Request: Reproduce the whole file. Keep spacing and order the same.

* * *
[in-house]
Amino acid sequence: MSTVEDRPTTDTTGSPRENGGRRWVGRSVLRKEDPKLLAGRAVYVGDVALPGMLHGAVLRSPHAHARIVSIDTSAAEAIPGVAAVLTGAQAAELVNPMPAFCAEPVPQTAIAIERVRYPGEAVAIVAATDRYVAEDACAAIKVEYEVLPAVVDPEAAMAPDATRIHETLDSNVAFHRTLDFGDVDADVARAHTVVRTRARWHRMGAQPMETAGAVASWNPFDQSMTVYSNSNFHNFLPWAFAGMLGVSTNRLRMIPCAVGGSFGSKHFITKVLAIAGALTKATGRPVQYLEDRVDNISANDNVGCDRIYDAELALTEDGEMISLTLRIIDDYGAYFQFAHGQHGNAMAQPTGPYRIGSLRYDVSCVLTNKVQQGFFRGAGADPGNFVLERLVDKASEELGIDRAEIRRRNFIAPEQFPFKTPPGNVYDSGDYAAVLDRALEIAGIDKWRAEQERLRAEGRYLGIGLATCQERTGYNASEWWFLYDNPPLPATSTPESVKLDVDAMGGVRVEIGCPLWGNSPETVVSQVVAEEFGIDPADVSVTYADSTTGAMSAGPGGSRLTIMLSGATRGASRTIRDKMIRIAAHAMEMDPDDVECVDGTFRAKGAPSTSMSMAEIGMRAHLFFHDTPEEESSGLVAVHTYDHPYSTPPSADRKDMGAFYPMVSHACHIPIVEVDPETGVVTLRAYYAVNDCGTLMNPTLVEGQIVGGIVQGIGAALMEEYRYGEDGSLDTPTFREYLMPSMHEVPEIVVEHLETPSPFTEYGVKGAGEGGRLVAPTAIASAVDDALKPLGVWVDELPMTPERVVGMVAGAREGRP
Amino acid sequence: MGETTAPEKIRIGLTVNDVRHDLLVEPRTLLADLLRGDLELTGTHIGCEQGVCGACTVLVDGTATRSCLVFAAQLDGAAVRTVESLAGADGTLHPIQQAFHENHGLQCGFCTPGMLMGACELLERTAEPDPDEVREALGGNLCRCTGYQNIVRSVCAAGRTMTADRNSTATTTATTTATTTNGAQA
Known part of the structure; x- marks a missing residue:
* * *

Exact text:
[in-house]
Amino acid sequence: MSTVEDRPTTDTTGSPRENGGRRWVGRSVLRKEDPKLLAGRAVYVGDVALPGMLHGAVLRSPHAHARIVSIDTSAAEAIPGVAAVLTGAQAAELVNPMPAFCAEPVPQTAIAIERVRYPGEAVAIVAATDRYVAEDACAAIKVEYEVLPAVVDPEAAMAPDATRIHETLDSNVAFHRTLDFGDVDADVARAHTVVRTRARWHRMGAQPMETAGAVASWNPFDQSMTVYSNSNFHNFLPWAFAGMLGVSTNRLRMIPCAVGGSFGSKHFITKVLAIAGALTKATGRPVQYLEDRVDNISANDNVGCDRIYDAELALTEDGEMISLTLRIIDDYGAYFQFAHGQHGNAMAQPTGPYRIGSLRYDVSCVLTNKVQQGFFRGAGADPGNFVLERLVDKASEELGIDRAEIRRRNFIAPEQFPFKTPPGNVYDSGDYAAVLDRALEIAGIDKWRAEQERLRAEGRYLGIGLATCQERTGYNASEWWFLYDNPPLPATSTPESVKLDVDAMGGVRVEIGCPLWGNSPETVVSQVVAEEFGIDPADVSVTYADSTTGAMSAGPGGSRLTIMLSGATRGASRTIRDKMIRIAAHAMEMDPDDVECVDGTFRAKGAPSTSMSMAEIGMRAHLFFHDTPEEESSGLVAVHTYDHPYSTPPSADRKDMGAFYPMVSHACHIPIVEVDPETGVVTLRAYYAVNDCGTLMNPTLVEGQIVGGIVQGIGAALMEEYRYGEDGSLDTPTFREYLMPSMHEVPEIVVEHLETPSPFTEYGVKGAGEGGRLVAPTAIASAVDDALKPLGVWVDELPMTPERVVGMVAGAREGRP
Amino acid sequence: MGETTAPEKIRIGLTVNDVRHDLLVEPRTLLADLLRGDLELTGTHIGCEQGVCGACTVLVDGTATRSCLVFAAQLDGAAVRTVESLAGADGTLHPIQQAFHENHGLQCGFCTPGMLMGACELLERTAEPDPDEVREALGGNLCRCTGYQNIVRSVCAAGRTMTADRNSTATTTATTTATTTNGAQA
Known part of the structure; x- marks a missing residue: